Strategies involving adoptive cell therapy, therapeutic vaccines, immune checkpoint inhibitors and so on, have provided spectacular clinical responses and increased survival in previously refractory settings and “hard-to-treat” cancers. However, the initial excitement about these new therapeutics was slowly tempered, due to a lack of understanding of which patient population would respond to treatment, or appearance of resistance mechanisms, leading to a majority of patients not benefiting from the treatment. While the current wave of new drugs and combinations going into clinical trials is dominated by an “Immuno-Oncology bubble” (as described by Emiliano Calvo, during his presentation at the ACE meeting in Boston in 2019), the scientific community is trying to provide rationale on how to target the TME. Trials with single agent have shown promising results and now investigation are ongoing to assess the possibilities of combination therapies either with other agents targeting the microenvironment but also with more traditional chemo- or radio-therapy.
The complexity and heterogeneity of the tumor microenvironment remains a key challenge for a better understanding of cancer development, progression and treatment. In early stage cancers, it is crucial to try to determine the influence of what is often first line treatment (chemotherapy, radiotherapy or surgery) on the tumour microenvironment. Moreover, enhancing our understanding of resistance mechanisms to immune checkpoint inhibitors, either as primary resistance (e.g. patients that are non-responding) or as secondary resistance (patients responding for a period of time before progressing) is also important. Finally, identifying biomarkers to select patients that would respond to immune checkpoint inhibitors is particularly difficult. Most studies addressing these questions have predominantly relied on a limited set of tumor profiling techniques or have been hampered by relatively small patient numbers.
In response to this need, the IMMUcan consortium has been formed. Co-led by the EORTC (Brussels, Belgium), SIB (Lausanne, Switzerland), Eli Lilly (Indianapolis, IN, USA) and Merck KGaA (Darmstadt, Germany), IMMUcan is an EU-funded, public-private partnership of expert immunologists, cell biologists, technology developers and clinical key opinion leaders. The mission of IMMUcan is to generate broad molecular and cellular profiling data of the tumor microenvironment from up to 3,000 patients derived from five indications: non-small cell lung cancer, head and neck squamous cell carcinoma, renal cell carcinoma, colorectal cancer and breast cancer. All acquired tumor samples will undergo detailed and standardized analyses applying diverse profiling modalities including whole exome sequencing to determine the mutational landscape, total RNA sequencing for transcriptome analysis, multiplex immunofluorescence (IF) and imaging mass cytometry (IMC) facilitating the assessment of approximately 80 proteins at single cell resolution.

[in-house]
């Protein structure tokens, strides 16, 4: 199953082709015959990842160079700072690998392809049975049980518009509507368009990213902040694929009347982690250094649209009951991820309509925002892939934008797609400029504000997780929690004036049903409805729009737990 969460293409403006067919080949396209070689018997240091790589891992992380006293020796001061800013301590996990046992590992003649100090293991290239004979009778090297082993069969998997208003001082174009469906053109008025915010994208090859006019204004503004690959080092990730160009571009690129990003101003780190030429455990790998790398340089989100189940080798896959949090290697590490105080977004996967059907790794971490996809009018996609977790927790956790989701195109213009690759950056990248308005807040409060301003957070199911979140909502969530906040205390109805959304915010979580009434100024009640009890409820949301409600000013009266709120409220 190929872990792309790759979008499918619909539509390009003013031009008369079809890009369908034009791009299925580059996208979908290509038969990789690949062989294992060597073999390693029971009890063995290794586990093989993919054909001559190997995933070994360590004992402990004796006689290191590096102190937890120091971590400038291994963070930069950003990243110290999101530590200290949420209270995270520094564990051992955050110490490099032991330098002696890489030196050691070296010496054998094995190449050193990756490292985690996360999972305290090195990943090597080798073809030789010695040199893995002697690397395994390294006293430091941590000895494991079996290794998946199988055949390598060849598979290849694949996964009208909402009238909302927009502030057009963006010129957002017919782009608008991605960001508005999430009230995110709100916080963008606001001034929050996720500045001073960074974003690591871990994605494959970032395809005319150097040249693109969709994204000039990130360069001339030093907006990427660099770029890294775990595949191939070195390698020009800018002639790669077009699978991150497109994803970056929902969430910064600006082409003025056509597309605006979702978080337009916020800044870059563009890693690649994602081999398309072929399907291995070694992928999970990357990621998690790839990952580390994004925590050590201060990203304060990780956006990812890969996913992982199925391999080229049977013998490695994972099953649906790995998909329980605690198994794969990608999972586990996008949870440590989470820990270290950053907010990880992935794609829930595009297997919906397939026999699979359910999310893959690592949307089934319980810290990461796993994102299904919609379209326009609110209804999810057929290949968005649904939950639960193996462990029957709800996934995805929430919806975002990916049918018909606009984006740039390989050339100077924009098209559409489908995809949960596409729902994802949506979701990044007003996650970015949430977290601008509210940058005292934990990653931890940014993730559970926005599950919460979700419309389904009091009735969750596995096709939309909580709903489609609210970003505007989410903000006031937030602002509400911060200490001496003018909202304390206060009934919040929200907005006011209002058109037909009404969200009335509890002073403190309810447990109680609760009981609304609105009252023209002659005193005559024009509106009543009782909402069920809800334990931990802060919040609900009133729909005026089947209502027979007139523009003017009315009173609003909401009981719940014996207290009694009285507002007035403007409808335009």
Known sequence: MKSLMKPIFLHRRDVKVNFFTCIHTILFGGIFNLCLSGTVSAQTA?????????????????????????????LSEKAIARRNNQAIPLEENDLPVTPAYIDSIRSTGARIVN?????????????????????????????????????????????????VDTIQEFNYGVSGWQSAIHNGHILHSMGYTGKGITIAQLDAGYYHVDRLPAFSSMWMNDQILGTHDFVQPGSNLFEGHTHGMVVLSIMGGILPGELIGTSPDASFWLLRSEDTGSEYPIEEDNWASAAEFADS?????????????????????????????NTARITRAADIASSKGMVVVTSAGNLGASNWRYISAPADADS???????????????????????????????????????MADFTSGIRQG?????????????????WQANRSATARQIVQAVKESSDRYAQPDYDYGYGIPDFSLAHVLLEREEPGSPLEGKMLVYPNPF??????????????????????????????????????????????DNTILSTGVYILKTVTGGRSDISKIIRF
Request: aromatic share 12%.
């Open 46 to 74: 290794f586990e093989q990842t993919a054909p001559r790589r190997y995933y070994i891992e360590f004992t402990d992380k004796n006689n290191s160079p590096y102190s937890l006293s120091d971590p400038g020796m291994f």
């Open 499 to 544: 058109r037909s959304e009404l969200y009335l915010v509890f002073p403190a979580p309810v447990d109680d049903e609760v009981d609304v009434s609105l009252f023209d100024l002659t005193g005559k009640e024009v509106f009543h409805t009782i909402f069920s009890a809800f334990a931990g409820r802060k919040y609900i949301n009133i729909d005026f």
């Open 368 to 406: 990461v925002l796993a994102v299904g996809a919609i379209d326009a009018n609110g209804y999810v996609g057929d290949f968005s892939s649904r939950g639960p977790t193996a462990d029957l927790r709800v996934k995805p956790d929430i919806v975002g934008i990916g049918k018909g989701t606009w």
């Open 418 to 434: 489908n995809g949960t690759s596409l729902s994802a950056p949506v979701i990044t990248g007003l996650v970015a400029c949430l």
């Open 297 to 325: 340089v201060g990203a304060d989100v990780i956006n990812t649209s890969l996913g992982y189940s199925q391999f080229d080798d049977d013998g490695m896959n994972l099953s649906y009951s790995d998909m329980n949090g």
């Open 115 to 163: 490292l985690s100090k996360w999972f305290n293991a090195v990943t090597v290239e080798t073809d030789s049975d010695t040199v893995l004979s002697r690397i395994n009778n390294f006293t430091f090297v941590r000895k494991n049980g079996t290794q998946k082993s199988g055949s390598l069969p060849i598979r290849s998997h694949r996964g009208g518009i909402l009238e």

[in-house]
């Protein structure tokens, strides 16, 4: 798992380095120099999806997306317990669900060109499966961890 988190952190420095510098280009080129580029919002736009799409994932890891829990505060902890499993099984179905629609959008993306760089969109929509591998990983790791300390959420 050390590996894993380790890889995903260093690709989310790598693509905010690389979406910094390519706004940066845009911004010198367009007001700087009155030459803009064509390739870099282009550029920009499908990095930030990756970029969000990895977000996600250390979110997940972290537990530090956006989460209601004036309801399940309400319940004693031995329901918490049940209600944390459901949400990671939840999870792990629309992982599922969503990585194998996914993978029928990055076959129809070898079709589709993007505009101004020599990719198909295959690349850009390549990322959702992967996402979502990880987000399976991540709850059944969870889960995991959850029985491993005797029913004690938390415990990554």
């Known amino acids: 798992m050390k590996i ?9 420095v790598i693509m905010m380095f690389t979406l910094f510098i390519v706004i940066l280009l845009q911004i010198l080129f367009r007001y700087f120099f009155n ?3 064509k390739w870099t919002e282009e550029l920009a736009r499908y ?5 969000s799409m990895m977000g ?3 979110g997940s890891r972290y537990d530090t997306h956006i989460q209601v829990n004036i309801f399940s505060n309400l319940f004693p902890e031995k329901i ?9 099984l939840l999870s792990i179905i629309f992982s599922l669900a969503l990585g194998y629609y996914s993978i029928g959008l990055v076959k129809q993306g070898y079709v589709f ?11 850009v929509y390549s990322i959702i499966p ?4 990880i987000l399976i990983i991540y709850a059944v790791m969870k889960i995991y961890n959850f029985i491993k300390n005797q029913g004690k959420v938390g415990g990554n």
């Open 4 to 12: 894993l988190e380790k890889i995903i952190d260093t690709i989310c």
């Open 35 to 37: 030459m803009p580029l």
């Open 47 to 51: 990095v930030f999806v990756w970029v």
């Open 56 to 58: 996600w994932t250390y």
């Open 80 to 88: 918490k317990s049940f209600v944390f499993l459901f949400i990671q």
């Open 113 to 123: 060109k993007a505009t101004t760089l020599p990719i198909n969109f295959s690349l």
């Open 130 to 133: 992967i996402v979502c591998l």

These data will be integrated with clinical information to provide a better understanding of the TME and identify patients that might respond to treatment, as well as resistance mechanisms. Once published, the entire IMMUcan dataset will be made available to the scientific community for further study and interrogation.
A number of candidate biomarkers has been proposed, as showing promising results in clinical trials. The clear next step is to standardize and validate these biomarkers for routine clinical use, so that therapy will only be given to patients that will benefit from it. A potential biomarker for immune checkpoint inhibitor is the tumor mutational burden (TMB), e.g. measurement of the mutations carried by tumor cells. One of the initiatives developed for TMB harmonization is led by Friends of Cancer Research, with EORTC participating in the consortium. The goal of this consortium is to improve consistency and reliability of panel TMB estimates and aid in clinical decision-making.
All these initiatives are actively pursued by the Translational Research Unit of EORTC and will hopefully lead to a better understanding of the TME and ultimately improve patient care, as this is one of the main objectives of EORTC.